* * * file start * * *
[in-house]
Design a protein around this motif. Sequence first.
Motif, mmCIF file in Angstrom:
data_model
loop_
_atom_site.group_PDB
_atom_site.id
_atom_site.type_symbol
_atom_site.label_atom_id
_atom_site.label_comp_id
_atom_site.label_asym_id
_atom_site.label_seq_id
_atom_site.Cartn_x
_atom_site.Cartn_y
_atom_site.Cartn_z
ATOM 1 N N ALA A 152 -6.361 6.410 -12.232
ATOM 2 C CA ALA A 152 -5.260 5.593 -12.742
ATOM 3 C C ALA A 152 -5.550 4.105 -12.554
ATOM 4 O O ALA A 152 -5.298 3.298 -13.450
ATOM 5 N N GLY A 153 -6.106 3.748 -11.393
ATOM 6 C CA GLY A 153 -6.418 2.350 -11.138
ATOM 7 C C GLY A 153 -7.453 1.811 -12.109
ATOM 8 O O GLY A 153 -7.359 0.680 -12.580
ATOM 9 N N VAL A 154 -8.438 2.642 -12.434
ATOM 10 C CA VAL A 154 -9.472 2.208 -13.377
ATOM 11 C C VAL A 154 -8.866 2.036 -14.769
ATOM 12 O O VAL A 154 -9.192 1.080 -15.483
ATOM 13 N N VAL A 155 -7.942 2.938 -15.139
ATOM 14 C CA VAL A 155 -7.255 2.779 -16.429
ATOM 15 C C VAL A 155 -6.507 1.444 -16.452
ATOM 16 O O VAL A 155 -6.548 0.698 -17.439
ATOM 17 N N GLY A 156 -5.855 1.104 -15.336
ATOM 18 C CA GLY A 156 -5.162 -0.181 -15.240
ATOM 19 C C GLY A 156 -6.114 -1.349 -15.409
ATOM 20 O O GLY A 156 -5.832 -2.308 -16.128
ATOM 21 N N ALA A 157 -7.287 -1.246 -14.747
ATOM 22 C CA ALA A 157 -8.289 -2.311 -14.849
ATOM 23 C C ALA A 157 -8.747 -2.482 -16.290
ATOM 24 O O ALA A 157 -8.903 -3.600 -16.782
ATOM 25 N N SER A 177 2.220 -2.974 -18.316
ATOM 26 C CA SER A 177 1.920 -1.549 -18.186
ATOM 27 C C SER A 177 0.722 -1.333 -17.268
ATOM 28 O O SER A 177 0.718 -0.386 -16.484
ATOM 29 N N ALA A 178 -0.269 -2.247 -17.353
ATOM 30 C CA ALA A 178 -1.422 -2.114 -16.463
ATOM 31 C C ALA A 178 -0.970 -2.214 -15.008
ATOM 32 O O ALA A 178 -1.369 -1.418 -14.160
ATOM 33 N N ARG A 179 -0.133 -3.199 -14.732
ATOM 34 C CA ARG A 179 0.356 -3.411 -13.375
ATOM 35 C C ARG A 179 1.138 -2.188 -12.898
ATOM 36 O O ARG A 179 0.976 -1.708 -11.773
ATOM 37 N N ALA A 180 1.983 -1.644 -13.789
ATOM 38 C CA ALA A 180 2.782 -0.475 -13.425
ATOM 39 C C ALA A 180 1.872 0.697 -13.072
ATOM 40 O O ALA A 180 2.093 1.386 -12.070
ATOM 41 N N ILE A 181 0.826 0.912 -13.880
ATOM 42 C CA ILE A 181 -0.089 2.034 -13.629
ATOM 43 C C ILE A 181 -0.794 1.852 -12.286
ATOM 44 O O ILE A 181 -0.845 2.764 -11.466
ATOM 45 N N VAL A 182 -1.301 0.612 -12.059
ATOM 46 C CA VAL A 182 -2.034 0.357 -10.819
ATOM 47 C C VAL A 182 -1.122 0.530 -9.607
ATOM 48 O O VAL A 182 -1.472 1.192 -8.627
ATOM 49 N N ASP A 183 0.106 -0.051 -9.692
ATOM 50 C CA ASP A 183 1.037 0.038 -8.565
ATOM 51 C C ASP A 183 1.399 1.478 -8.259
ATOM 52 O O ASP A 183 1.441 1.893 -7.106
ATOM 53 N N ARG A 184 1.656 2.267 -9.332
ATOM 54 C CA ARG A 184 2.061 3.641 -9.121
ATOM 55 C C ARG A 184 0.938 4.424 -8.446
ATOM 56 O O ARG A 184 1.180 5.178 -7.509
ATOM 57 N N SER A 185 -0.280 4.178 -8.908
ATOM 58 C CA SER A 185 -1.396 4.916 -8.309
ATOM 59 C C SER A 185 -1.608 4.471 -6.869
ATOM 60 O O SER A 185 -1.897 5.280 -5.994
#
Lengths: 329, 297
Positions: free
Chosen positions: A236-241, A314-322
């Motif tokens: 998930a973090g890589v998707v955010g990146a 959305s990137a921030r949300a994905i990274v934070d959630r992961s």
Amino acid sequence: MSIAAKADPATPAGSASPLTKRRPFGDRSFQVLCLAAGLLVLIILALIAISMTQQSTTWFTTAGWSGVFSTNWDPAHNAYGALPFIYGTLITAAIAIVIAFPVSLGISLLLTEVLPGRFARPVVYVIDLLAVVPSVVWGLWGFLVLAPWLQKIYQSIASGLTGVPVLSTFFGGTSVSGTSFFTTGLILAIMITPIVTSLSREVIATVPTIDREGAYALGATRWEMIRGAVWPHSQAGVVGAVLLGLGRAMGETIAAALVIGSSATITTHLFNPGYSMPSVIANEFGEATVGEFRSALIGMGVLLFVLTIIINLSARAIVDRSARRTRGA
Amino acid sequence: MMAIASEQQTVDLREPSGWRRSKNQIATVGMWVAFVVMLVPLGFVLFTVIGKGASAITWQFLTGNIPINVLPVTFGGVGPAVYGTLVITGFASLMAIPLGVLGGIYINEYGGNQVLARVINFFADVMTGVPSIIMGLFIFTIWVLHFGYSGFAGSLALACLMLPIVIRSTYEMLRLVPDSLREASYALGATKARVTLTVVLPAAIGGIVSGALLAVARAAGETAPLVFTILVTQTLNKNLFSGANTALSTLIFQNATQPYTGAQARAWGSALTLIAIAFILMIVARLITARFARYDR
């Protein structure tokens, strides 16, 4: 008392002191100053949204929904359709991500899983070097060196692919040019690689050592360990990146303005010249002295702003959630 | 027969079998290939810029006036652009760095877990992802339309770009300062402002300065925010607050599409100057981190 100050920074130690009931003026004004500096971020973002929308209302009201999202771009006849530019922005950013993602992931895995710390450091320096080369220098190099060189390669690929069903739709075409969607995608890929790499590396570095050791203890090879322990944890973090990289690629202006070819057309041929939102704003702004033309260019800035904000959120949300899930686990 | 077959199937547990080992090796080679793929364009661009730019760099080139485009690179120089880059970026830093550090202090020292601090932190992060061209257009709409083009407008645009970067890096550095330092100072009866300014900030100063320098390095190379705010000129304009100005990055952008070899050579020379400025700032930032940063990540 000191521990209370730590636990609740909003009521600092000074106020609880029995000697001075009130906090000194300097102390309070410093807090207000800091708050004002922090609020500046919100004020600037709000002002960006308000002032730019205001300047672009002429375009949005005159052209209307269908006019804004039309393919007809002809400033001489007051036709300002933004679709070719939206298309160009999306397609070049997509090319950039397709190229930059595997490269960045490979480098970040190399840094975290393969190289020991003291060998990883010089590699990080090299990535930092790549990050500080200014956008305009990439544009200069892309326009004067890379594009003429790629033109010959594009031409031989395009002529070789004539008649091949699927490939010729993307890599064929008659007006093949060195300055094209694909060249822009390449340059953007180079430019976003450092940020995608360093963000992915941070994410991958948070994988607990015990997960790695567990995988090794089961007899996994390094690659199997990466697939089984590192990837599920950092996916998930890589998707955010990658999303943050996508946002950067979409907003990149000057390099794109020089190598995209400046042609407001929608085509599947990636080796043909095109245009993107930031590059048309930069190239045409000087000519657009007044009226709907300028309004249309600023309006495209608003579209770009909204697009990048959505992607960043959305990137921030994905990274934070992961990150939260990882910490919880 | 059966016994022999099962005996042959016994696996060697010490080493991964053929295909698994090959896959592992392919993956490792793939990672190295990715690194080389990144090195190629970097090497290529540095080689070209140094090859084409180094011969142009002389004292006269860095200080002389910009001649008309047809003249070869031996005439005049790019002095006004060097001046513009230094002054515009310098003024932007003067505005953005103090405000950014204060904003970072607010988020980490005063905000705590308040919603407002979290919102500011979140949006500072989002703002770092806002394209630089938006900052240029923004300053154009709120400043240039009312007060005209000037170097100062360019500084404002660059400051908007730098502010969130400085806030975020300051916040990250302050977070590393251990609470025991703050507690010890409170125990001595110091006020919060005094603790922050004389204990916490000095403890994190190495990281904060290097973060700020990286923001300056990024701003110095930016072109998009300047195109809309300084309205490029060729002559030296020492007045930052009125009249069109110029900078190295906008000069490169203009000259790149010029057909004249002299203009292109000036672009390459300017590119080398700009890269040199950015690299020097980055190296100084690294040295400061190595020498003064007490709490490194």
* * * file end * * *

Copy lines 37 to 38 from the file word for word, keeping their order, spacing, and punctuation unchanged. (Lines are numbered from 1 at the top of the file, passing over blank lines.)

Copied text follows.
ATOM 22 C CA ALA A 157 -8.289 -2.311 -14.849
ATOM 23 C C ALA A 157 -8.747 -2.482 -16.290